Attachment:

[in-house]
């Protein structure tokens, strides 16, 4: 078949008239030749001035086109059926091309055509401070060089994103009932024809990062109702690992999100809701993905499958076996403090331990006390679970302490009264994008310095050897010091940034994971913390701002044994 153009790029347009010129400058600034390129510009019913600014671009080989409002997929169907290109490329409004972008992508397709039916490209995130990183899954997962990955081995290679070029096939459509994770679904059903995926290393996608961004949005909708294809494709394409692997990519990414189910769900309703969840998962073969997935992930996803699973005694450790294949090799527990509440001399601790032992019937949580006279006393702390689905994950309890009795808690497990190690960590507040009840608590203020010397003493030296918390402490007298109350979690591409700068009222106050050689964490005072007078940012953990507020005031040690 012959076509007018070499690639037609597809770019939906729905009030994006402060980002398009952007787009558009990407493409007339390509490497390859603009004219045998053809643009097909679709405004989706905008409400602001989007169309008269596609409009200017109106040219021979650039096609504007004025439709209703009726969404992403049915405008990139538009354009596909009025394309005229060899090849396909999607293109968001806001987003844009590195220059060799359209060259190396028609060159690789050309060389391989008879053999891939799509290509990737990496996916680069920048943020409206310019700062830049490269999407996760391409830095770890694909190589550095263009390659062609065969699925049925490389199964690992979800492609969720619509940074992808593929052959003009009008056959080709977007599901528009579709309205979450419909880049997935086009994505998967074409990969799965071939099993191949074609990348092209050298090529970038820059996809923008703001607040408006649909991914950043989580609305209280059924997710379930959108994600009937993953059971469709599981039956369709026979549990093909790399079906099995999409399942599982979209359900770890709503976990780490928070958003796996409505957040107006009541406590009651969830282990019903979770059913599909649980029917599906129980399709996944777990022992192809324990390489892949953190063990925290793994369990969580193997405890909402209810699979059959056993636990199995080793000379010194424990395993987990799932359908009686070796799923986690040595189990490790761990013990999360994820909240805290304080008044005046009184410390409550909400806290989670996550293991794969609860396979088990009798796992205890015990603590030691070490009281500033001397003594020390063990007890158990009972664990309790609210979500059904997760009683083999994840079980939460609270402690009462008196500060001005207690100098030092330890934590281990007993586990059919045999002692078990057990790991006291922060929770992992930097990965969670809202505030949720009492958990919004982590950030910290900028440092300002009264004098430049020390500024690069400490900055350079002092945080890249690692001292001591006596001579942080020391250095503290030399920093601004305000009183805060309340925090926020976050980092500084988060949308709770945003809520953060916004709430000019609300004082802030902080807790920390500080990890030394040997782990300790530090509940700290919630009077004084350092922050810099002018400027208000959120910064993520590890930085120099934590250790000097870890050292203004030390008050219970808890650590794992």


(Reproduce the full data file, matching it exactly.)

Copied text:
[in-house]
């Protein structure tokens, strides 16, 4: 078949008239030749001035086109059926091309055509401070060089994103009932024809990062109702690992999100809701993905499958076996403090331990006390679970302490009264994008310095050897010091940034994971913390701002044994 153009790029347009010129400058600034390129510009019913600014671009080989409002997929169907290109490329409004972008992508397709039916490209995130990183899954997962990955081995290679070029096939459509994770679904059903995926290393996608961004949005909708294809494709394409692997990519990414189910769900309703969840998962073969997935992930996803699973005694450790294949090799527990509440001399601790032992019937949580006279006393702390689905994950309890009795808690497990190690960590507040009840608590203020010397003493030296918390402490007298109350979690591409700068009222106050050689964490005072007078940012953990507020005031040690 012959076509007018070499690639037609597809770019939906729905009030994006402060980002398009952007787009558009990407493409007339390509490497390859603009004219045998053809643009097909679709405004989706905008409400602001989007169309008269596609409009200017109106040219021979650039096609504007004025439709209703009726969404992403049915405008990139538009354009596909009025394309005229060899090849396909999607293109968001806001987003844009590195220059060799359209060259190396028609060159690789050309060389391989008879053999891939799509290509990737990496996916680069920048943020409206310019700062830049490269999407996760391409830095770890694909190589550095263009390659062609065969699925049925490389199964690992979800492609969720619509940074992808593929052959003009009008056959080709977007599901528009579709309205979450419909880049997935086009994505998967074409990969799965071939099993191949074609990348092209050298090529970038820059996809923008703001607040408006649909991914950043989580609305209280059924997710379930959108994600009937993953059971469709599981039956369709026979549990093909790399079906099995999409399942599982979209359900770890709503976990780490928070958003796996409505957040107006009541406590009651969830282990019903979770059913599909649980029917599906129980399709996944777990022992192809324990390489892949953190063990925290793994369990969580193997405890909402209810699979059959056993636990199995080793000379010194424990395993987990799932359908009686070796799923986690040595189990490790761990013990999360994820909240805290304080008044005046009184410390409550909400806290989670996550293991794969609860396979088990009798796992205890015990603590030691070490009281500033001397003594020390063990007890158990009972664990309790609210979500059904997760009683083999994840079980939460609270402690009462008196500060001005207690100098030092330890934590281990007993586990059919045999002692078990057990790991006291922060929770992992930097990965969670809202505030949720009492958990919004982590950030910290900028440092300002009264004098430049020390500024690069400490900055350079002092945080890249690692001292001591006596001579942080020391250095503290030399920093601004305000009183805060309340925090926020976050980092500084988060949308709770945003809520953060916004709430000019609300004082802030902080807790920390500080990890030394040997782990300790530090509940700290919630009077004084350092922050810099002018400027208000959120910064993520590890930085120099934590250790000097870890050292203004030390008050219970808890650590794992």